Air conditioners are built to endure elements, such as rain and snow. However, if your outdoor air conditioner is immersed in standing water from a torrential downpour, this might critically damage the electrical components inside. Your air conditioner is most likely to suffer damage if the floodwater reaches a foot deep. Still, if the system has flooded at all, contact Levy & Son Service Experts at 469-250-0932 for an air conditioning inspection.
If bad flooding has happened or is likely to take place, follow these steps to avoid damaging your air conditioning or creating dangerous operating conditions.
Don’t cover your air conditioner with a heavy cloth. A plastic sheet won’t protect it from water. Instead, it will bring moisture inside, lead to rust, cause mold growth and give animals a place to hide.
If you reside in a flood-prone spot, consider installing your air conditioner on a high base. This elevates the system above possible floodwaters and can save you trouble and expense after the next downpour.
Another approach to protect your air conditioning unit is to install a retaining wall around it. This technique can help you avoid air conditioner flooding, even as water surges around it. Similarly, you can place sandbags around the equipment when you are alerted a storm is on the way.
If hail is in the forecast, you can secure boards of plywood across the top of the air conditioner to guard it from hail damage. Weigh the plywood down firmly with stones or bricks in case the wind begins gusting.
Don’t use your system while it’s surrounded by water. Doing so can result in an electrical shock hazard or even ruin the internal system components.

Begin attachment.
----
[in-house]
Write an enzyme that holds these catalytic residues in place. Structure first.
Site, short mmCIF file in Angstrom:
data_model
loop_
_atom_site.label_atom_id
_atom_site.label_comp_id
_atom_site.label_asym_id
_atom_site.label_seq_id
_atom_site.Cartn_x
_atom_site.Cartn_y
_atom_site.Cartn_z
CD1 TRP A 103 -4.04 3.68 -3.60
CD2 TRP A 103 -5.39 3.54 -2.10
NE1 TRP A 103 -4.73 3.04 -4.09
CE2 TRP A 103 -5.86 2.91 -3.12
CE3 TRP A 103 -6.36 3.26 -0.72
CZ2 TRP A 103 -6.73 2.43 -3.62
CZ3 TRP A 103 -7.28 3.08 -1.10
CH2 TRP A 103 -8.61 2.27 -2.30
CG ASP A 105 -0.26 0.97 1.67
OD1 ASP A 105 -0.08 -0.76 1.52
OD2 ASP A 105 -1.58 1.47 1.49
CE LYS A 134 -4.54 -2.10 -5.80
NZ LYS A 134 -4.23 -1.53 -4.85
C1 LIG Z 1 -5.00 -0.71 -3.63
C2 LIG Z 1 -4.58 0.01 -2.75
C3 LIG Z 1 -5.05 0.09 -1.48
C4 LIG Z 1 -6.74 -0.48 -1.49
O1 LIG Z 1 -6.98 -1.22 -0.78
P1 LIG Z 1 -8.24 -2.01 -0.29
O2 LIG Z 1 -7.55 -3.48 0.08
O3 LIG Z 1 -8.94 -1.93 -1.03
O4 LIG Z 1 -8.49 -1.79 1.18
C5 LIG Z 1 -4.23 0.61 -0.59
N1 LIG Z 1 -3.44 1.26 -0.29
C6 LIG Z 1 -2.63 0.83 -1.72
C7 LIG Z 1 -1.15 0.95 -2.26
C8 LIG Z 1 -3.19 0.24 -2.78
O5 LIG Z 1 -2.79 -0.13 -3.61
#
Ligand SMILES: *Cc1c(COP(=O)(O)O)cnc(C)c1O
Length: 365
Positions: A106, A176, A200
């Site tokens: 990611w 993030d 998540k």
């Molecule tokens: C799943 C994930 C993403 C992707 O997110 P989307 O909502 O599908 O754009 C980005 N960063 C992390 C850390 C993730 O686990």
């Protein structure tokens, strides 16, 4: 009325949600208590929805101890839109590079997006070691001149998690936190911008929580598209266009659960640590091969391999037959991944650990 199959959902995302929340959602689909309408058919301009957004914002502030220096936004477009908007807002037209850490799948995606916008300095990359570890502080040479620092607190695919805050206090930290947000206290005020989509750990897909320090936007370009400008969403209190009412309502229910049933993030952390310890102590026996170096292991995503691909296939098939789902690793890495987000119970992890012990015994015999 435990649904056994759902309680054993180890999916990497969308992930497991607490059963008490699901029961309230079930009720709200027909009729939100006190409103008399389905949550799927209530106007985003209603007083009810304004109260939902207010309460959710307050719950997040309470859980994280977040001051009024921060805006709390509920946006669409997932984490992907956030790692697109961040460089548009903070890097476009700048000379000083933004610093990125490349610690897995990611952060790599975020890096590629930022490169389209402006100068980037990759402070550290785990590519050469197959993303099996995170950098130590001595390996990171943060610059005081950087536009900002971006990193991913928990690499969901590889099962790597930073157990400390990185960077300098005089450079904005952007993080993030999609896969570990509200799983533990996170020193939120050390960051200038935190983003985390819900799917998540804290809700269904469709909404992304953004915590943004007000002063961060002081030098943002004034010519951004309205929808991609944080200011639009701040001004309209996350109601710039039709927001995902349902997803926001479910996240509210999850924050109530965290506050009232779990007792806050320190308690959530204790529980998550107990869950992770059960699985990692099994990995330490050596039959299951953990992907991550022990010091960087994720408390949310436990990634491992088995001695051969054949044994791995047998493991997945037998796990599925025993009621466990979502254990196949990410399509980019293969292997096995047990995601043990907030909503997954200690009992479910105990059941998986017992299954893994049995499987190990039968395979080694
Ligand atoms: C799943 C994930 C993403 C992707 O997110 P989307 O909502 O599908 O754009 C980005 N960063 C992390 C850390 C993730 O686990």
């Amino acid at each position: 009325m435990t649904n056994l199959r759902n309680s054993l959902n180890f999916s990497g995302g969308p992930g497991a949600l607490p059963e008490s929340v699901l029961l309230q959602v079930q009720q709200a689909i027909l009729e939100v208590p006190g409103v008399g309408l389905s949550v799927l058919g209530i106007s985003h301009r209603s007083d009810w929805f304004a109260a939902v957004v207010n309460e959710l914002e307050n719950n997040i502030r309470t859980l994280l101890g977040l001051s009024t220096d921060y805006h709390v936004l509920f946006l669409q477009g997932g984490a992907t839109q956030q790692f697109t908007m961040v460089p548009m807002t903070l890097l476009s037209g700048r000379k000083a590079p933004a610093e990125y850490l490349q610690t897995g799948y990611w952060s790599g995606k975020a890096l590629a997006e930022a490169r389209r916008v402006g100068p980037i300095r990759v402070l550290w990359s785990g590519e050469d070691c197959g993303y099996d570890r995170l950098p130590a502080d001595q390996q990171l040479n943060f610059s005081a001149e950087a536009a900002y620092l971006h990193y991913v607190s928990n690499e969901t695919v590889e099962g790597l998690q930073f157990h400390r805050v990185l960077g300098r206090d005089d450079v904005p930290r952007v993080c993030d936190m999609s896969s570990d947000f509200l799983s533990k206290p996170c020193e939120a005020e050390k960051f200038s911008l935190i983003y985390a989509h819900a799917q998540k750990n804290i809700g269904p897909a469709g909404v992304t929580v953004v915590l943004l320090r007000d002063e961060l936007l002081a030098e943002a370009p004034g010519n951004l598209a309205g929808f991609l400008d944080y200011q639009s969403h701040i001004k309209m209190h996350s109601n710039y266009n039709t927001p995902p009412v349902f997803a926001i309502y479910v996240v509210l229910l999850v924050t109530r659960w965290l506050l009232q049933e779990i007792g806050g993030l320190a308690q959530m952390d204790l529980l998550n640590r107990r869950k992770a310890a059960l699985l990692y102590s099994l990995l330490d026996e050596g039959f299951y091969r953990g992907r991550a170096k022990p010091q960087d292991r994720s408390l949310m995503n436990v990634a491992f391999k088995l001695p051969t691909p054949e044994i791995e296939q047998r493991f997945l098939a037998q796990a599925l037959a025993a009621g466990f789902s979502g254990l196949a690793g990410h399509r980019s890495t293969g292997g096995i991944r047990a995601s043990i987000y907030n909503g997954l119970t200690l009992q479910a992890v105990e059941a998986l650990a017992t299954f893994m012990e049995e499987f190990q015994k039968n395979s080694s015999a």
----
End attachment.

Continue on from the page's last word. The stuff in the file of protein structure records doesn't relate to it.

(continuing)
To avoid this damage, disconnect the power to the air conditioning and thermostat. The easiest method for doing this is to find the HVAC and thermostat breakers in your junction box and switch them to the “off” position. If you require assistance, get in touch with an air conditioning service company like Levy & Son Service Experts.
Once the rain eases off, you want your system to dry out as soon as possible. Siphon off standing water, if possible, and clean any debris from the immediate area.
Don’t run the AC until it has been reviewed by an HVAC professional. Even after it has dried out, running flood-damaged equipment could cause the same hazards as using the air conditioning while it’s still under the water. Some issues require days or weeks to begin showing symptoms, so it’s best to keep your air conditioning turned off until you get the okay from an HVAC technician.
While you wait for your service visit, check your homeowner’s insurance policy to see if flood damage protects your outdoor AC system. If so, take stock of the damage and present your claim as soon as possible. If you don’t have flood insurance, you might still be covered if the unit has suffered wind or hail damage.
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